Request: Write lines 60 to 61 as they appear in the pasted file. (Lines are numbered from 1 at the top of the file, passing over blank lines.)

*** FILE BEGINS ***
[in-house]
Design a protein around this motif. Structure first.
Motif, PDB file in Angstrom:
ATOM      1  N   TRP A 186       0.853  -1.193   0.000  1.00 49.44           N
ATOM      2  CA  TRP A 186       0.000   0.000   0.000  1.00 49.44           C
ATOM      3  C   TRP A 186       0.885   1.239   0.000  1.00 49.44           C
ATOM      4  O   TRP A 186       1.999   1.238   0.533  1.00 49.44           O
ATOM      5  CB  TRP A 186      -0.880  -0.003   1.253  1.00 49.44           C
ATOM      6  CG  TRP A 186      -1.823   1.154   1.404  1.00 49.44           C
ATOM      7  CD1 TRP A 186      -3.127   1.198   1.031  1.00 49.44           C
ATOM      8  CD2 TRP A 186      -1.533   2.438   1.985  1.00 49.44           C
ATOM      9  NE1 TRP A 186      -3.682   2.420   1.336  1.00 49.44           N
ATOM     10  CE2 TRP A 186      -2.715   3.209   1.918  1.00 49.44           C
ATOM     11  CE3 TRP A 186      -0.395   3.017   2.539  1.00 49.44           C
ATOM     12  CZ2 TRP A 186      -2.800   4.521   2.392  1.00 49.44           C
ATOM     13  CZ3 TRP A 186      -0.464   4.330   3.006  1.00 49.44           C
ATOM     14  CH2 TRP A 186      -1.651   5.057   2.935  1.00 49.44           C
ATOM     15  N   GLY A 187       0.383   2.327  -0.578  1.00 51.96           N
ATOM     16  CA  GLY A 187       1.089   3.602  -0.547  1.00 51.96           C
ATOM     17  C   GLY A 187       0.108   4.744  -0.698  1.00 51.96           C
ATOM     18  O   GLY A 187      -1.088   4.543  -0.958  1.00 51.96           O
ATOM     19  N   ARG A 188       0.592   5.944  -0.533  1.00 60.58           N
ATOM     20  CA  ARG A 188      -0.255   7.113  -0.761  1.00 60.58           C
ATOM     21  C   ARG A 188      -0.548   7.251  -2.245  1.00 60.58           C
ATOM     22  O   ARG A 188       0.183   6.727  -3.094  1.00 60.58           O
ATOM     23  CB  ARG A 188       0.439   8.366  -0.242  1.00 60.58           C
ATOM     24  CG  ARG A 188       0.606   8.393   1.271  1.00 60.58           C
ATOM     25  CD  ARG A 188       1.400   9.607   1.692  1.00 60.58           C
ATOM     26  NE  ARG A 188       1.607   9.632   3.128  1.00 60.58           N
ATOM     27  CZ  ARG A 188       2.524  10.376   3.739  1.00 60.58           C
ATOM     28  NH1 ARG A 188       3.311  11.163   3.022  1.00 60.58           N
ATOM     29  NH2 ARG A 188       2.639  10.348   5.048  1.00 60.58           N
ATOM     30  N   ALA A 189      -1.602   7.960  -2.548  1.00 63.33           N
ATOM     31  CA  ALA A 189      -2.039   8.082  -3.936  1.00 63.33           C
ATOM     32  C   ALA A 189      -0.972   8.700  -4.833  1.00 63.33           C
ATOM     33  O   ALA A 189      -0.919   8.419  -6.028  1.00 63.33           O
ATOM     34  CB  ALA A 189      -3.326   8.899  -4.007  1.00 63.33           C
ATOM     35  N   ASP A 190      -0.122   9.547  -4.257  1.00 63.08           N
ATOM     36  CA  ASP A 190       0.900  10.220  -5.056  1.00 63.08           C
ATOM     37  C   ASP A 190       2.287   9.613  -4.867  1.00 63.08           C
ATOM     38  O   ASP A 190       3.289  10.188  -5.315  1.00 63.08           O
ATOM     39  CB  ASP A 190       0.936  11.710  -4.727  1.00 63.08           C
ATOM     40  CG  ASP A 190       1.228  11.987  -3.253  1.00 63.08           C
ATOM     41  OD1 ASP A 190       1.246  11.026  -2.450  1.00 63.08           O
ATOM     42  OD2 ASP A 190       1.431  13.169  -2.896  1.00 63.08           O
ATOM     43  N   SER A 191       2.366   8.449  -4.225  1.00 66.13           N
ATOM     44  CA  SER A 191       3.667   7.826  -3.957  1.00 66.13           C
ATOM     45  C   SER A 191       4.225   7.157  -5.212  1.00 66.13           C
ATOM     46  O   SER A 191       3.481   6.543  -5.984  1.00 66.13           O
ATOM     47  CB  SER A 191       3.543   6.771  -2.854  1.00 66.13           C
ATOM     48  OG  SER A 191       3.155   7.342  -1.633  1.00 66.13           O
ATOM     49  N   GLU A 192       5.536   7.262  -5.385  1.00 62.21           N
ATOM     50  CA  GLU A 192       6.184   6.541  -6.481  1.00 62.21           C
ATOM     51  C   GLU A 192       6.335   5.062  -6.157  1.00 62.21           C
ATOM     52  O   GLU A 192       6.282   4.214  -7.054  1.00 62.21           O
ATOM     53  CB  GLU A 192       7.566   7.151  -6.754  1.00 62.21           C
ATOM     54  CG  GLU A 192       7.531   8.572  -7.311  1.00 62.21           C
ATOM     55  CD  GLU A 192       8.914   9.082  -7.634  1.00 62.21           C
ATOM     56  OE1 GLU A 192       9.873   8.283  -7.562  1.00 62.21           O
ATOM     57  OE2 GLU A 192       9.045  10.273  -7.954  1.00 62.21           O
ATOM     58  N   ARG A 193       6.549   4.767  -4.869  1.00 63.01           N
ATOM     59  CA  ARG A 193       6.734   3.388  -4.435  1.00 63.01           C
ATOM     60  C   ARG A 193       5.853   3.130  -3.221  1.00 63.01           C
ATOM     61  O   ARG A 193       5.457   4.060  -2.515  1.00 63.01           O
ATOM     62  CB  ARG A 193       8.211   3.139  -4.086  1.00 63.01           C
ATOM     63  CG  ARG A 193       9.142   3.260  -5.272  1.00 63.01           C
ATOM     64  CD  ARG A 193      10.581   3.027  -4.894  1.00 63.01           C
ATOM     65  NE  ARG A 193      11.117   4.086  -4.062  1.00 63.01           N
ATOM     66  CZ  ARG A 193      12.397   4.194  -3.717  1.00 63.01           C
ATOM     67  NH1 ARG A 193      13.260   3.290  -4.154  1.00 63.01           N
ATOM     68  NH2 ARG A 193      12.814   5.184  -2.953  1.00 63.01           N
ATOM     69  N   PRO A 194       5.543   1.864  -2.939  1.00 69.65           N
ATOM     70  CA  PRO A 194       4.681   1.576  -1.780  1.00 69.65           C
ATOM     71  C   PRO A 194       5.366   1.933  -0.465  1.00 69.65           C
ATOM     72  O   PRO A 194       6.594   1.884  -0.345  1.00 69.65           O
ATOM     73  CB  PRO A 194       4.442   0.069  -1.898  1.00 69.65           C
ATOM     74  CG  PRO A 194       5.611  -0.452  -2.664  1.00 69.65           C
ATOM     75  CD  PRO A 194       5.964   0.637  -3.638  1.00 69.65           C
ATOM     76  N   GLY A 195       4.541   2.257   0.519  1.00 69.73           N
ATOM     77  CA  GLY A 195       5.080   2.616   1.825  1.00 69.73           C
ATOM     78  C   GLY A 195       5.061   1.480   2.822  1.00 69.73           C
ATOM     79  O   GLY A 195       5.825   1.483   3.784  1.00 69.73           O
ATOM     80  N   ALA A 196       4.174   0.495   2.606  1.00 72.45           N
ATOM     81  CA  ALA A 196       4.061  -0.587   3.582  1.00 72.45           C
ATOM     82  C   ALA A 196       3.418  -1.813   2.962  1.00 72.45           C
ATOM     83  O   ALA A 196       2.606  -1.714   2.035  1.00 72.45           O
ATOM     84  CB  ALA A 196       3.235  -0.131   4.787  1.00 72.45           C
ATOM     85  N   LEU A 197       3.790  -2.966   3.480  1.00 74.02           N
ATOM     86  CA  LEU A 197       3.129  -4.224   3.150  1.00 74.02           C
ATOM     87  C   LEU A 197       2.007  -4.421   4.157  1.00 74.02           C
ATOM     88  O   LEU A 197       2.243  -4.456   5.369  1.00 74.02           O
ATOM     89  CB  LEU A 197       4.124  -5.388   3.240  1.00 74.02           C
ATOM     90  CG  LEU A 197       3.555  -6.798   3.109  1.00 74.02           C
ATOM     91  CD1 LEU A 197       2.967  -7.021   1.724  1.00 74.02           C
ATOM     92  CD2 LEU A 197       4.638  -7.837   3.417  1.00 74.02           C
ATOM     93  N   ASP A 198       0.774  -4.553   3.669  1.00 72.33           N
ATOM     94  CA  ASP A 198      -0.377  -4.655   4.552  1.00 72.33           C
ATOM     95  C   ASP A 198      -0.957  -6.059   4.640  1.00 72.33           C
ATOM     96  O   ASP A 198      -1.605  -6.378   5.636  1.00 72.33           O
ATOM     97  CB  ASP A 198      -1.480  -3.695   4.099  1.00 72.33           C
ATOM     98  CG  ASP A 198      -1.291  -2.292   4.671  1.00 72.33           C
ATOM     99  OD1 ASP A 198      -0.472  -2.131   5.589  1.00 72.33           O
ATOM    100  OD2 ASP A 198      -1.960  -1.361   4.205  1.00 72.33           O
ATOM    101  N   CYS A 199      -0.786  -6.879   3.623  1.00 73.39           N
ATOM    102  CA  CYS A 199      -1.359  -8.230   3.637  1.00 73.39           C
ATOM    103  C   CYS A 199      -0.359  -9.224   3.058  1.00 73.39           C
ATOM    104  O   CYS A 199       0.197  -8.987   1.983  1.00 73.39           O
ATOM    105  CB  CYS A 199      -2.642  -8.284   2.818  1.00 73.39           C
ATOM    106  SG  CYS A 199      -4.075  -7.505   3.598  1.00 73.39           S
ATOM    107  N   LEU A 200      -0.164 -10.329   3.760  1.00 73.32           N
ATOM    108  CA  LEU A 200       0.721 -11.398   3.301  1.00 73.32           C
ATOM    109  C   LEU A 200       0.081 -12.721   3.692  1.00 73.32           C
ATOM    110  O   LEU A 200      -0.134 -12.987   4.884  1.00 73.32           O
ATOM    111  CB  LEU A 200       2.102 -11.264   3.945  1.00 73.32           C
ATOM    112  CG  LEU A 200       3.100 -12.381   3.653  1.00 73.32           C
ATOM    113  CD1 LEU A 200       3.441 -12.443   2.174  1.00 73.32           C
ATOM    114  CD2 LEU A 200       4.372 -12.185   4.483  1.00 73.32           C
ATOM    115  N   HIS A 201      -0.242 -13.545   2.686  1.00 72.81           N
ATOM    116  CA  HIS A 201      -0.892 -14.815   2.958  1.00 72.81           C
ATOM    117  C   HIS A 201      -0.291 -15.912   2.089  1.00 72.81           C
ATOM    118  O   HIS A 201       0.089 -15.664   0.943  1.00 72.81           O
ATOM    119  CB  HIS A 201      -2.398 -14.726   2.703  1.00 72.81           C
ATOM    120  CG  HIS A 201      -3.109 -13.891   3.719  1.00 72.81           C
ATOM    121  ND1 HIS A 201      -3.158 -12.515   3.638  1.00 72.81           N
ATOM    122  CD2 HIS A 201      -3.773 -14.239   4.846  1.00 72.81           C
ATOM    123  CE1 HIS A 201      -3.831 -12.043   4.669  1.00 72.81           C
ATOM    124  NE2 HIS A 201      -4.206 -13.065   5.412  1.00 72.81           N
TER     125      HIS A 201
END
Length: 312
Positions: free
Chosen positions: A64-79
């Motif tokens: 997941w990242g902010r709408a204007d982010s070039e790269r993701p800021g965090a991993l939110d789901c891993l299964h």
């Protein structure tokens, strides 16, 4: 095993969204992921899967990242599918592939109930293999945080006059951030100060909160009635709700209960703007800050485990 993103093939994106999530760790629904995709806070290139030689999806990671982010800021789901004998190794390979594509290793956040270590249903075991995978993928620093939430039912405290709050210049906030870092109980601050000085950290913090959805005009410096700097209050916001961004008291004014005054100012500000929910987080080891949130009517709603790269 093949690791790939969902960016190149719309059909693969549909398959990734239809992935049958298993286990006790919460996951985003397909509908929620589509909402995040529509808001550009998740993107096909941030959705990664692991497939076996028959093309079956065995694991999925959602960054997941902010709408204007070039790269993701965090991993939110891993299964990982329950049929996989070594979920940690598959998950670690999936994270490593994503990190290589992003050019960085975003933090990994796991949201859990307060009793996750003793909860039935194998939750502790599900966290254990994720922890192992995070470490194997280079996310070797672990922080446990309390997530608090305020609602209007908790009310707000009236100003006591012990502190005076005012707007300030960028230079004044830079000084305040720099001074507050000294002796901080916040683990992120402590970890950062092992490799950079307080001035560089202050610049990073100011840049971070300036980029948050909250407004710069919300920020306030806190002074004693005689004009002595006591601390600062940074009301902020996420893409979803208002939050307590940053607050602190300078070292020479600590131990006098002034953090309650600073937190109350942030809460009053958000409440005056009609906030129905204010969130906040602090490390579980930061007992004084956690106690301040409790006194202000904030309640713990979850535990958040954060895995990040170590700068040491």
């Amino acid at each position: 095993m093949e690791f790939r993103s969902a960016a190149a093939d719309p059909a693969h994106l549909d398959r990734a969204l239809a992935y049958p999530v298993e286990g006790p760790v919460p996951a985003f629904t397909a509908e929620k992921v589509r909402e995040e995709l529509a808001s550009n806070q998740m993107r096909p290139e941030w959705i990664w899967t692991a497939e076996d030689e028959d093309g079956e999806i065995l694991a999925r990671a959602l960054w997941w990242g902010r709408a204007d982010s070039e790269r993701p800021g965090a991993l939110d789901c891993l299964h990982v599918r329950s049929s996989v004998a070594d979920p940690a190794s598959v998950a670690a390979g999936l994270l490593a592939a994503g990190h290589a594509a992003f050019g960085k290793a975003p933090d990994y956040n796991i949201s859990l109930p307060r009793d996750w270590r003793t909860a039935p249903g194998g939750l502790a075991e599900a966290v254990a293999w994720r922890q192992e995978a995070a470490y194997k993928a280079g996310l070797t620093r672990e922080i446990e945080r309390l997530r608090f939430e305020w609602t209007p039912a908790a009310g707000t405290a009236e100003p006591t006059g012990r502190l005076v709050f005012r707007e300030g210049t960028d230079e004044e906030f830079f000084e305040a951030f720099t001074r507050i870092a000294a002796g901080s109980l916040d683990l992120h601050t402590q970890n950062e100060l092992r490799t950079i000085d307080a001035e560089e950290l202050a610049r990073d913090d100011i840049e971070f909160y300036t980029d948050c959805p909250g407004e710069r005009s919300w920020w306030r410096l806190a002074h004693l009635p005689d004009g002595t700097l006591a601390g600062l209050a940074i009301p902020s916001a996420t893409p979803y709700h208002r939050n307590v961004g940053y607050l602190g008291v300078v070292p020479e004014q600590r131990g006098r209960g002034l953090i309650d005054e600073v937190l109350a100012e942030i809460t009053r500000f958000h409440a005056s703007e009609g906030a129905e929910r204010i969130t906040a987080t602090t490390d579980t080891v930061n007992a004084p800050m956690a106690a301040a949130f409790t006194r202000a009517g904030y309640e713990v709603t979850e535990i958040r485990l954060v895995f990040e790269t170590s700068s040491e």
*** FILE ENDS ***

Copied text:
ATOM     57  OE2 GLU A 192       9.045  10.273  -7.954  1.00 62.21           O
ATOM     58  N   ARG A 193       6.549   4.767  -4.869  1.00 63.01           N